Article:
Unfortunately, there are just as many situations that do not unfold with this level of partnership, and for those families it’s a traumatic experience. These parents often experience all five stages of grief in a compressed time frame: denial, anger, bargaining, depression, and acceptance. These situations can be messier yet if the relationship between the family and school has become combative, but there are best practices for managing this counseling out with compassion, too. First, schools should embrace outside professionals as allies in helping to successfully transition the student. Angry and defensive parents can often better hear the recommendations of private professionals. Second, schools should designate a point person for facilitating communication and admissions documentation. In some instances, having all communication facilitated by an educational consultant to avoid negative interactions between the parents and the school is most effective and pleasant for everyone. Third, schools should avoid micromanaging the next placement. If a family is being asked to leave, then a school should really facilitate rather than impose more control over the family’s situation, otherwise, families only become more distressed. Finally, schools should remain focused on the child’s needs, and advocate with efficacy.
Counseling out with compassion can be achieved if we start by planning for success. Educators and parents want to see their students succeeding, and they generally want to work in partnership. If something doesn’t seem quite right, it’s important that teachers, administrators and parents have courageous conversations in a timely manner. Interventions should be developed with transparency and an open mind so that we bolster a child’s success. If interventions aren’t working, we should learn from these experiences, and make appropriate adjustments. If too many adjustments are regularly needed, and it’s become clear that the environment is no longer the best fit, then a conversation about exploring other school environments is appropriate. While counseling out can be difficult topic to broach, it can also be an incredible turning point in a student’s school career.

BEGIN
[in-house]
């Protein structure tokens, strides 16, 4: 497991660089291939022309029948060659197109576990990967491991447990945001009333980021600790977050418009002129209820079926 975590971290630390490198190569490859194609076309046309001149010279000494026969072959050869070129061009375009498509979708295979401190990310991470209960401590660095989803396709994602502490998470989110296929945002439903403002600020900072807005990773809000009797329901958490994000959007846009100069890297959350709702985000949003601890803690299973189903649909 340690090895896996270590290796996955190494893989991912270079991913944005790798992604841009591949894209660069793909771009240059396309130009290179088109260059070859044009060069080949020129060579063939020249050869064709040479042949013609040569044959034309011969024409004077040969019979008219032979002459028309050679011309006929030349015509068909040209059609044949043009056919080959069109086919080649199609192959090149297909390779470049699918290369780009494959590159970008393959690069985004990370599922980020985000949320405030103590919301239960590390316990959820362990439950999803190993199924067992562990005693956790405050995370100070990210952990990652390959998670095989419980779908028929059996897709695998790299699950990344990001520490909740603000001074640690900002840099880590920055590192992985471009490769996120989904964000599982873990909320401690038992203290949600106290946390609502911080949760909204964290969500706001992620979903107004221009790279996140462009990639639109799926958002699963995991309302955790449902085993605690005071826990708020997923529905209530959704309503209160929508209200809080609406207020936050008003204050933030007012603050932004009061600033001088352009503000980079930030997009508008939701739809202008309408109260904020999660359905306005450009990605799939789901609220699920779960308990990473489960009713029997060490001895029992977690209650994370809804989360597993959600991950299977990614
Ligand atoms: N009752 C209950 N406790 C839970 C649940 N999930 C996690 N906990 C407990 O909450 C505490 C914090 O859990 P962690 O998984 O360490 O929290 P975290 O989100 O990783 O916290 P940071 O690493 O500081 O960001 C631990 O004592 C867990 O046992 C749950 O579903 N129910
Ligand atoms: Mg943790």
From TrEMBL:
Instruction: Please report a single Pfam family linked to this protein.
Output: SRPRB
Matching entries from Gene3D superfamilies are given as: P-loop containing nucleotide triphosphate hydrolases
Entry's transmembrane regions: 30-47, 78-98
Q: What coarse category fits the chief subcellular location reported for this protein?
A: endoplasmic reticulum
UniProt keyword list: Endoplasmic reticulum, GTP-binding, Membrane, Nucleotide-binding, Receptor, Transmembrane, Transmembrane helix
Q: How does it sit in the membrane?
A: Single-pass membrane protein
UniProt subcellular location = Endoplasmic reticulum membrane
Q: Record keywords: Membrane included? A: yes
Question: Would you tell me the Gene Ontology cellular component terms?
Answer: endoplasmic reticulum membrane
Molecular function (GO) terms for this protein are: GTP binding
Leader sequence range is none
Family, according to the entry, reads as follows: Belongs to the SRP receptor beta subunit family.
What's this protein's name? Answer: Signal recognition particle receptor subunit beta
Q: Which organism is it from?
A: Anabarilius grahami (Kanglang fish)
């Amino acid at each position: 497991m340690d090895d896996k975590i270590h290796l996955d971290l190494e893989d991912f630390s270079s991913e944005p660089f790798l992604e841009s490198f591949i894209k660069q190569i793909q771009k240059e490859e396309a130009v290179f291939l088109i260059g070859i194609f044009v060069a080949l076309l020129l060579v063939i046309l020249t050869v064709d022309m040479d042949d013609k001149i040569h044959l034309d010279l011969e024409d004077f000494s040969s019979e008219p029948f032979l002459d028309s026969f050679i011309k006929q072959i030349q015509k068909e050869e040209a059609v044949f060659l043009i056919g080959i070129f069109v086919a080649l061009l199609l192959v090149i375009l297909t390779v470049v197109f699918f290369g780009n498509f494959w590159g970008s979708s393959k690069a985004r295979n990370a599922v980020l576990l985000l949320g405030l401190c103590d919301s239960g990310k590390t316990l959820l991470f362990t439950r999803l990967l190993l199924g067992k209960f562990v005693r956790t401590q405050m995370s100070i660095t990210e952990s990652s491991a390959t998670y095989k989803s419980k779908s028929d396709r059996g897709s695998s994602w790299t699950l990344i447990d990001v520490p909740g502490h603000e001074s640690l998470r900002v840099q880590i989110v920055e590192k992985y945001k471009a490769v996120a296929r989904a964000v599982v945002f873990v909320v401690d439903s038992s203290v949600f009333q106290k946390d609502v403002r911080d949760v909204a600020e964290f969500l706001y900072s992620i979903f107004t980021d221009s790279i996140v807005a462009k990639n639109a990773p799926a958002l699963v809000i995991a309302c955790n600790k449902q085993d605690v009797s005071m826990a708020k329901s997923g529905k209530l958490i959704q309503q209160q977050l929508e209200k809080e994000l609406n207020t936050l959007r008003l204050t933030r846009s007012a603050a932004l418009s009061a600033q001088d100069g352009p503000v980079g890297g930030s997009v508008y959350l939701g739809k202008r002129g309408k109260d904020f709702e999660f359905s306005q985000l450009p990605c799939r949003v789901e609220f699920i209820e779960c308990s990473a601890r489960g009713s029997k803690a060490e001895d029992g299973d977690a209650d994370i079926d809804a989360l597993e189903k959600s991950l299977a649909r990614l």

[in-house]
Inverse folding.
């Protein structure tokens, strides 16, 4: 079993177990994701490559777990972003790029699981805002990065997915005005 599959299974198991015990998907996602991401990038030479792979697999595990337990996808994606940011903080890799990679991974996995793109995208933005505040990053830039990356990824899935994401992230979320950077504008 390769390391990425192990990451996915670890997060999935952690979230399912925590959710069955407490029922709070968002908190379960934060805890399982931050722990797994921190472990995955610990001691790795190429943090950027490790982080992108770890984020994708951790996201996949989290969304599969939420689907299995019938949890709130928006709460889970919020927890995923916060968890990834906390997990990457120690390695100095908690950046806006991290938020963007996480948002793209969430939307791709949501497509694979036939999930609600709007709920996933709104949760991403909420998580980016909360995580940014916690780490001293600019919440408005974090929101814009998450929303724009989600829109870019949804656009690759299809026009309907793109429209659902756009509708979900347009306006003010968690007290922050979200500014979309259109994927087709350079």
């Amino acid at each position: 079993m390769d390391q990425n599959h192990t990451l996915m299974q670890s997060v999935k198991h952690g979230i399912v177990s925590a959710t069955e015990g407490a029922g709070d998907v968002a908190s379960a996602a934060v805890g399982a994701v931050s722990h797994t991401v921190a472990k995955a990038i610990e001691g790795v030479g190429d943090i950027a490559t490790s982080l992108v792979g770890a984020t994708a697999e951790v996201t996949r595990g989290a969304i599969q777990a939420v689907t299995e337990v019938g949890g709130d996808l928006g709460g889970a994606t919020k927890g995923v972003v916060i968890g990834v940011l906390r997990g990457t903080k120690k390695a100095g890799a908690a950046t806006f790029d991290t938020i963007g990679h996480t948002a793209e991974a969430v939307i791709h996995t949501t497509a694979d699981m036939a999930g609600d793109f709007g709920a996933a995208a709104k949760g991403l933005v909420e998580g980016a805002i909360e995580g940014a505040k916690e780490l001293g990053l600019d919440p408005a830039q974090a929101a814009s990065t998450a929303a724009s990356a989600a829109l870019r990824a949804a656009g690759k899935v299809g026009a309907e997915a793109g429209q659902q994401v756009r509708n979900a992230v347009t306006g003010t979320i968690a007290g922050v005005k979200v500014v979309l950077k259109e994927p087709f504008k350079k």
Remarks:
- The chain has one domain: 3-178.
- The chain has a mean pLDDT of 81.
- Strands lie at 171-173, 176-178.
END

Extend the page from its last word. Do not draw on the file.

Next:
On March 8, 2017, Brad Hoffman participated in a professional panel discussion with Dr. Evan Flamenbaum, Dr. Larry Hess, and Bonnie Spiro Schinagle, Esq. about educational, clinical, and legal considerations regarding counseling out. The event was designed for school professionals, therapists, psychologists, psychiatrists, and pediatricians and took place at the West End Collegiate Church on the Upper West Side of Manhattan.